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Report: Russians At Sochi Olympics Were Part Of State-Run Doping Program

Dozens of Russian athletes who competed at the 2014 Sochi Winter Olympics, including at least 15 medal winners, were part of a “state-run doping program,” The New York Times has reported.

In a report published on May 12, the newspaper quoted the director of Russia’s antidoping laboratory at the time, Grigory Rodchenkov, as saying he developed a cocktail of banned substances that he provided to the athletes.

Russian antidoping experts and members of the intelligence services secretly replaced urine samples tainted by performance-enhancing drugs with clean urine collected months earlier, The Times quotes Rodchenkov as saying.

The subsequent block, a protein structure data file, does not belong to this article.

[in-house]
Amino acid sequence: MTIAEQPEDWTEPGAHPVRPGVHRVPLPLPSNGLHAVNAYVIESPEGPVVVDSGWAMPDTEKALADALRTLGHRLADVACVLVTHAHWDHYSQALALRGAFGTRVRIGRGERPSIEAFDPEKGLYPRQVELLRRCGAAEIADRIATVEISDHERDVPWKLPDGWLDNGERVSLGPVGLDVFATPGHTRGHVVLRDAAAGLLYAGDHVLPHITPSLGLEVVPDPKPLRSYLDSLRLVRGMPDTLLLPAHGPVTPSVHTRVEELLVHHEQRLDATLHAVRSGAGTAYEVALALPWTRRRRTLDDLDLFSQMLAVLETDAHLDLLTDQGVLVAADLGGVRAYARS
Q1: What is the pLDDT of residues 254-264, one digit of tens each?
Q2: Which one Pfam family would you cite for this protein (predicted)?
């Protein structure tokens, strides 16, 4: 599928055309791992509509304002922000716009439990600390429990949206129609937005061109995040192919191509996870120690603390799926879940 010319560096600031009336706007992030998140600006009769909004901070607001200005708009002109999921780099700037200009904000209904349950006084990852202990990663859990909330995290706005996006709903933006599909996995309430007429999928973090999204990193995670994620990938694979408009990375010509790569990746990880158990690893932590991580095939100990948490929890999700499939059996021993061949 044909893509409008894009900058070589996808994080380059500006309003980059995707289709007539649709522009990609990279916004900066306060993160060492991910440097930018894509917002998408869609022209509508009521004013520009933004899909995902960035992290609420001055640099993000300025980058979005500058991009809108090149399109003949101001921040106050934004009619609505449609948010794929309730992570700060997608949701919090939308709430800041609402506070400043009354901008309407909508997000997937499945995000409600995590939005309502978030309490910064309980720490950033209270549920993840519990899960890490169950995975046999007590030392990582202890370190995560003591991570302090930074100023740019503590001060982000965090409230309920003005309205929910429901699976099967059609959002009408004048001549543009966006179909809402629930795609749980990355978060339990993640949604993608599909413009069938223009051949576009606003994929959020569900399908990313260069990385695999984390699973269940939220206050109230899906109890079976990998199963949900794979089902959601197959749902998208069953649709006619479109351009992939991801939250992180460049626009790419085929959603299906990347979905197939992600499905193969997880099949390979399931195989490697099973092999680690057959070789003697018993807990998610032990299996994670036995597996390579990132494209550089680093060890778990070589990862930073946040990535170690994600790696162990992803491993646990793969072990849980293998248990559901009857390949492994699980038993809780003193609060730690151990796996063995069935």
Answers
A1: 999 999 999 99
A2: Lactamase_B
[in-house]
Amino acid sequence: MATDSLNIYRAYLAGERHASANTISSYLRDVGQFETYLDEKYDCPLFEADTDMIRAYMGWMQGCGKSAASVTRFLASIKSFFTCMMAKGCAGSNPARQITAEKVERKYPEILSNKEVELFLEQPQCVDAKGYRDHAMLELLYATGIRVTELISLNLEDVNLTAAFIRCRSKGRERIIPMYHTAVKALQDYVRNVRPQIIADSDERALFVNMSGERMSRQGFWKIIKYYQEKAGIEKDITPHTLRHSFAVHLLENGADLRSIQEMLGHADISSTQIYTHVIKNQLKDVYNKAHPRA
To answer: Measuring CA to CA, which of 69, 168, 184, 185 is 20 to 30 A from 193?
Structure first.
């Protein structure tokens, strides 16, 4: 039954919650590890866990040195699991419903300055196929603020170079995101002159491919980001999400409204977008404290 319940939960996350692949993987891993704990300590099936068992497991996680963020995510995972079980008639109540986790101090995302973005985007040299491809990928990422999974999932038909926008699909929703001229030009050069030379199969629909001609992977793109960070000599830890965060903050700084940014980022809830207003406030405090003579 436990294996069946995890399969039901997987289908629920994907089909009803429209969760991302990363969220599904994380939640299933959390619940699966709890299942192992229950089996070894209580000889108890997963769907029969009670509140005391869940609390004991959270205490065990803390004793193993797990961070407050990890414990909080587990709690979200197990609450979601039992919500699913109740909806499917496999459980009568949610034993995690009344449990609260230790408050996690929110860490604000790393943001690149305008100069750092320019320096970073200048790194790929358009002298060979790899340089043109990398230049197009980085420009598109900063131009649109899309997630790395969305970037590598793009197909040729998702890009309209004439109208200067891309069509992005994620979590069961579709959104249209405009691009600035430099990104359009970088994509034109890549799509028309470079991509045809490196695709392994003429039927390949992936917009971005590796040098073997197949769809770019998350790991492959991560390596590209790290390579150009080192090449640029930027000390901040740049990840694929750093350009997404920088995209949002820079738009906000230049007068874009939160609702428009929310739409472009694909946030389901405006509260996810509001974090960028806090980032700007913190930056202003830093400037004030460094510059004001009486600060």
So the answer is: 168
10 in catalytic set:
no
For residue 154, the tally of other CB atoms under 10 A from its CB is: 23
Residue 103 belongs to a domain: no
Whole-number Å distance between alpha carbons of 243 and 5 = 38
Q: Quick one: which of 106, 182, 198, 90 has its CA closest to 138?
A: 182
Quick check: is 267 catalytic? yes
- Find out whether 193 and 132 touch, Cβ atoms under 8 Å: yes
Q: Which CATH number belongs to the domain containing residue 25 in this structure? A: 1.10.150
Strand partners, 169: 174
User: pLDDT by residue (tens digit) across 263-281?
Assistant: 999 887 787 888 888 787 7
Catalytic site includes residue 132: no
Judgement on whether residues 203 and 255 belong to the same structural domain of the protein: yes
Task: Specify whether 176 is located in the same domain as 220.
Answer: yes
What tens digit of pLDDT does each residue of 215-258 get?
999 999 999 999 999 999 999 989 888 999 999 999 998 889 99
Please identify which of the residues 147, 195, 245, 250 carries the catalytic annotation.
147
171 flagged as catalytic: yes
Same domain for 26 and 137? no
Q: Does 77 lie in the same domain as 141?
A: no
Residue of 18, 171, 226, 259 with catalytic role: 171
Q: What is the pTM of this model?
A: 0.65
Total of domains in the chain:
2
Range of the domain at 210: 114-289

Rodchenkov, who now lives in Los Angeles, estimated that as many as 100 dirty urine samples were expunged by the end of the games.

TASS news agency quoted Russian Sports Minister Vitaly Mutko as calling the allegations as “nonsense.”

"These allegations are very detailed and very worrying, and we ask the World Anti-Doping Agency to investigate immediately," said a spokesman for the International Olympic Committee.

The report is the latest alleging widespread performance-enhancing drug use by Russian athletes.

Russia was banned from international athletics competitions following revelations in November of widespread state-sponsored doping.

Based on reporting by The New York Times, AFP, and TASS